India’s Diplomatic Efforts towards Peace in Afghanistan

Contemporary India-Afghanistan relation has broadened and deepens the bilateral cooperation over a long period. More significantly India’s support for talks between the Afghan Government and Taliban indicates a change in approach as New Delhi opposed the Taliban regime in the 1990s.  With the changing dynamics, India is engaging in dialogue with the Taliban for a longstanding political settlement in Afghanistan ensuing through a democratic way.

During a virtual meeting in February, this year between the Prime Minister, Narendra Modi and President Ashraf  Ghani,  Modi assured India’s full support to development cooperation in achieving a comprehensive peace process amid surging violence in Afghanistan.

External Affairs Minister, S Jaishankar’s participation in the inaugural session of the intra-Afghan negotiations held in Doha on 12 September 2020 via VTC reaffirms India’s unequivocal support for peace reconciliation that are Afghan-owned, and Afghan-controlled.  This is a significant move, spelling India’s stance in acknowledging power-sharing arrangements in Afghanistan. EAM conveyed the interests of minorities, women and vulnerable sections of society must be preserved and the issue of violence across the country and its neighbourhood has to be effectively addressed.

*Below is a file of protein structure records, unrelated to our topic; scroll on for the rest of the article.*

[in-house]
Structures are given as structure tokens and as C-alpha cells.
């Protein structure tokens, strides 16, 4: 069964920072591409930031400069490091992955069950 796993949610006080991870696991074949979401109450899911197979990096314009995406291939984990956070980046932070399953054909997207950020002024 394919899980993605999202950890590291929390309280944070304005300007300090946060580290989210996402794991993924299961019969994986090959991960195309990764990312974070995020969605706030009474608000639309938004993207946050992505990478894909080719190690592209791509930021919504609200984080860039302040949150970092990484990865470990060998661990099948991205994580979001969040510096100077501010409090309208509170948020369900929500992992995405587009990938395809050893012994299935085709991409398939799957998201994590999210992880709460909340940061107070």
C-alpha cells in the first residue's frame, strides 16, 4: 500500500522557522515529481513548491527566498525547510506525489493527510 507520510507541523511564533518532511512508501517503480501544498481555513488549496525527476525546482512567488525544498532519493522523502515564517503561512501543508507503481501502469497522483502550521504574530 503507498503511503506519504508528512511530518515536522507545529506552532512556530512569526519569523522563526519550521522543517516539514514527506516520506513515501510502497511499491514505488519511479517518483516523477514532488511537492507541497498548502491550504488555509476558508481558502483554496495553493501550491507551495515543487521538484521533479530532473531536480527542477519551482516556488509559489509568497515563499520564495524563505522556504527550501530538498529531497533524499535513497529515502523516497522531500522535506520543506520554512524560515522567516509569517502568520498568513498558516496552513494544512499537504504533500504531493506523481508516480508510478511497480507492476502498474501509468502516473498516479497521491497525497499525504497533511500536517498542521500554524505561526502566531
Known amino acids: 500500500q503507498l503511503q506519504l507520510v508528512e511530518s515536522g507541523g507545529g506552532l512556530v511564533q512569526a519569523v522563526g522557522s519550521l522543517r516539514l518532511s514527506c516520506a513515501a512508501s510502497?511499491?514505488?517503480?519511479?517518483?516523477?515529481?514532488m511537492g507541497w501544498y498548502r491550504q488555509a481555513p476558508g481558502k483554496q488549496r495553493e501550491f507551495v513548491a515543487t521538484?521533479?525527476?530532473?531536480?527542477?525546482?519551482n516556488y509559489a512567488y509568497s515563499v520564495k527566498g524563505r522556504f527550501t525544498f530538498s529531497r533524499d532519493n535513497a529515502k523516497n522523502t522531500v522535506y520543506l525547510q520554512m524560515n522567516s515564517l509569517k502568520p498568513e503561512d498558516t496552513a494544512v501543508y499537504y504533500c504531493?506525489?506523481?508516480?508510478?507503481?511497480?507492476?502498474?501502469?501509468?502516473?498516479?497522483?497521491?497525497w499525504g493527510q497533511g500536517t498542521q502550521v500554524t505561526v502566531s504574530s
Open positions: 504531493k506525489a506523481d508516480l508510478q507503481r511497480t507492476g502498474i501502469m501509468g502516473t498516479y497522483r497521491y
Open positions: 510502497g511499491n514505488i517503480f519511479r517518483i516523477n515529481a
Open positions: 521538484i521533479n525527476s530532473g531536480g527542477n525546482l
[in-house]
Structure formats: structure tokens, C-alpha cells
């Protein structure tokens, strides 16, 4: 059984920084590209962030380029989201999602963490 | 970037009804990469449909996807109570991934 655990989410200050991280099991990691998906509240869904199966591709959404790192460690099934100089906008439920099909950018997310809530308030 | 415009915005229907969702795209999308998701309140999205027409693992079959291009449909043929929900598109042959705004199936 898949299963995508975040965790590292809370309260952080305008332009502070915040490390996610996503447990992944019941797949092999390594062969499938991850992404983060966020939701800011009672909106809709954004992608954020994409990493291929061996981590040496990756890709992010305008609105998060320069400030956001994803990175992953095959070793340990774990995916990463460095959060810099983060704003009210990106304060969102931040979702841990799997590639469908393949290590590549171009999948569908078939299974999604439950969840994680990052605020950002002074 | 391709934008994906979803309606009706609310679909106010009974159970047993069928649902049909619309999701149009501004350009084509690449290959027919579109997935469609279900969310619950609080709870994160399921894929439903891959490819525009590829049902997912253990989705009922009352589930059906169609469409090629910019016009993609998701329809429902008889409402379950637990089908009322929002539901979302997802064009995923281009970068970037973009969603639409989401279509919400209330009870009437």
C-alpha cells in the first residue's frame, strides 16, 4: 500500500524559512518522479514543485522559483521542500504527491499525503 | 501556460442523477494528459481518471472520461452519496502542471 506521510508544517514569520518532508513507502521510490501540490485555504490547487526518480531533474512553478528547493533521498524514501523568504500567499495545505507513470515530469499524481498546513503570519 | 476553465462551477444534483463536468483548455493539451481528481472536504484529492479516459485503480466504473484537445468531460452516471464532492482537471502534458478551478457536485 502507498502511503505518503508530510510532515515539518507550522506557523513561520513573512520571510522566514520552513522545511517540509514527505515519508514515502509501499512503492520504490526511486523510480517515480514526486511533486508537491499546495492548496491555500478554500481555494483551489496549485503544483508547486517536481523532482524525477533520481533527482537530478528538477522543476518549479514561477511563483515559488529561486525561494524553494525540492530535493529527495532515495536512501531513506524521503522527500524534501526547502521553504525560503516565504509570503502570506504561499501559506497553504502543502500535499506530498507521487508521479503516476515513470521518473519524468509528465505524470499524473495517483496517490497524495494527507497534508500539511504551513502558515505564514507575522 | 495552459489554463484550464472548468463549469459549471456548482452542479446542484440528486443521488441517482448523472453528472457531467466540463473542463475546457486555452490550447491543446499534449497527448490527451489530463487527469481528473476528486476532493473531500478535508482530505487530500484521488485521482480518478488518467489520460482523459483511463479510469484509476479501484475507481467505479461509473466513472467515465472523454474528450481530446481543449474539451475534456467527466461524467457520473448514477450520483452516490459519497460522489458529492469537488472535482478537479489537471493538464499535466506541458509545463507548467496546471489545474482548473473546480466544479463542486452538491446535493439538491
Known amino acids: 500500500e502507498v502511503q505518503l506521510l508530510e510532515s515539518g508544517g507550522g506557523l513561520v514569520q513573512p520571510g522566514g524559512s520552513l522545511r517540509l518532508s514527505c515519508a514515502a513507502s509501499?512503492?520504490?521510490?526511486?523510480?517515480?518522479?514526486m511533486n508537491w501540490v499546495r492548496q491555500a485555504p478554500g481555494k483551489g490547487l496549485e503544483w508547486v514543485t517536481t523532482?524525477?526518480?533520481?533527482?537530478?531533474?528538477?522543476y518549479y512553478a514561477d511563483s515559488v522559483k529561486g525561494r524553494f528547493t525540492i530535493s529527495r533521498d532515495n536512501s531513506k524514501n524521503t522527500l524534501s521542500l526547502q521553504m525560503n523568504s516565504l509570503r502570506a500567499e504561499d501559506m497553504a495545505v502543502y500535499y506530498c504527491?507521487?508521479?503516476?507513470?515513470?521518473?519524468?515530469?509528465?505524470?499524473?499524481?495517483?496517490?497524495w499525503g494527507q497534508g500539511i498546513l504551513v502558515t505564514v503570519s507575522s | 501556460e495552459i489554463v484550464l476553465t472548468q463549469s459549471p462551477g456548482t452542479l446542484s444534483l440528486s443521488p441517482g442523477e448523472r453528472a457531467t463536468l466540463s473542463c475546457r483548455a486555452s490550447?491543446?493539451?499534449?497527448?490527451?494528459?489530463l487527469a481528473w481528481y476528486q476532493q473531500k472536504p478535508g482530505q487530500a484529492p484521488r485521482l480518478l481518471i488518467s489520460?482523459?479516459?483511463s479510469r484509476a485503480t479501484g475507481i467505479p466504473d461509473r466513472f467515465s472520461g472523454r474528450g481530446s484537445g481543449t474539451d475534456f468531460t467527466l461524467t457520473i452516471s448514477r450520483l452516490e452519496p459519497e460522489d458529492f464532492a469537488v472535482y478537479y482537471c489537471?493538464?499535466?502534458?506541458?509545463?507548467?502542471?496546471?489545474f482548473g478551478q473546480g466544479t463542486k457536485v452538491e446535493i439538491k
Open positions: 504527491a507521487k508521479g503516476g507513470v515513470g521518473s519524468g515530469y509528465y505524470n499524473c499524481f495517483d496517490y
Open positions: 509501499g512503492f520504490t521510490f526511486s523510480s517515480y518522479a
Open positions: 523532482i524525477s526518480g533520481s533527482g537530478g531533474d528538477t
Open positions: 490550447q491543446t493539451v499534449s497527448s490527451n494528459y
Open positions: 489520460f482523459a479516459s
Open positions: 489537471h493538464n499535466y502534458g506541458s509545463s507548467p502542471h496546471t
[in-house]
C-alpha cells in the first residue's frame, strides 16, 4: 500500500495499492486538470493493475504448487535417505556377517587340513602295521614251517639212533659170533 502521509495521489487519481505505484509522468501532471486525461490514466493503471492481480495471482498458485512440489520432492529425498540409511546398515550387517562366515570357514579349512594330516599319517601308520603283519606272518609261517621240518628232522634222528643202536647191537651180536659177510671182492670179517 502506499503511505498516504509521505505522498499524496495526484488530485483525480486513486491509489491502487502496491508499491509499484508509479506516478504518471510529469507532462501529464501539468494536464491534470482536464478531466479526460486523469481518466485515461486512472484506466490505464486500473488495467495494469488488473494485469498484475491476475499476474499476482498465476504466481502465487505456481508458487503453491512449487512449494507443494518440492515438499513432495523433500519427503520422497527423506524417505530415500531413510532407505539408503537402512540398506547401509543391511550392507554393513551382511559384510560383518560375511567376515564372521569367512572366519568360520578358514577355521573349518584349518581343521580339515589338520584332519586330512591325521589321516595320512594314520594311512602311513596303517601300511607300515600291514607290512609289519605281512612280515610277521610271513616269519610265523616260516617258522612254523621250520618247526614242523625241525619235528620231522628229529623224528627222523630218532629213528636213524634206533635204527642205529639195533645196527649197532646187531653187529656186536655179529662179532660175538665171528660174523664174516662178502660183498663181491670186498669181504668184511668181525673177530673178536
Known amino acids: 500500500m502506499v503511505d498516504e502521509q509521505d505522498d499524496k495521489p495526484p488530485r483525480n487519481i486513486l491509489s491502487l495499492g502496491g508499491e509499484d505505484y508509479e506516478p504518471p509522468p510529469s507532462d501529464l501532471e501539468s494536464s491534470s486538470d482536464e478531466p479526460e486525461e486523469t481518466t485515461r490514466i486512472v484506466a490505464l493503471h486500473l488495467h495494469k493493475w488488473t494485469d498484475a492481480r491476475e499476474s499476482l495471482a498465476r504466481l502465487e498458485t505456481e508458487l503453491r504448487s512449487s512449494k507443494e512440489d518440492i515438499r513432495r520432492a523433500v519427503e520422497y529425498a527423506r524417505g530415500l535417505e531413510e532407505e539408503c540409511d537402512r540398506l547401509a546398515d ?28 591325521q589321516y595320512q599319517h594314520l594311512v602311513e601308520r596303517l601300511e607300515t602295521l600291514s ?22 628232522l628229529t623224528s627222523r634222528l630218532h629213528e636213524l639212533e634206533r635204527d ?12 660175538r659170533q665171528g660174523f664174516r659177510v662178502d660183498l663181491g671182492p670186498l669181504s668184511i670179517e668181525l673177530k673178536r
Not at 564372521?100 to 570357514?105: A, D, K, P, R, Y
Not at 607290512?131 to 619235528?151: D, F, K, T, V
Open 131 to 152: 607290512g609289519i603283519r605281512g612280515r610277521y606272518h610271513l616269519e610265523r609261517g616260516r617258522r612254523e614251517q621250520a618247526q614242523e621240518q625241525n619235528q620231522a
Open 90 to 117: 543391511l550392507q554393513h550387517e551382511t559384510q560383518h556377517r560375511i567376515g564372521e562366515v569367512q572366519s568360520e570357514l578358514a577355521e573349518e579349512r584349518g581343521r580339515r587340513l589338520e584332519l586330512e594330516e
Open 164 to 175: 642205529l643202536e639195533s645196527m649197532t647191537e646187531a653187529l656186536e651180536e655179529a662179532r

India’s engagement with Afghanistan has been spontaneous and progressive since the fall of the Taliban in 2001. The visit of Afghanistan’s Foreign Minister, Mohammad Haneef Atmar to India last month has added new momentum and synergy. The discussions between FM Atmar and EAM S Jaishankar focused on strengthening the Strategic Partnership Agreement (SPA) of 2011 with special emphasis on cooperation in the areas of political, security, trade, and economic, capacity development, education, social and cultural relations.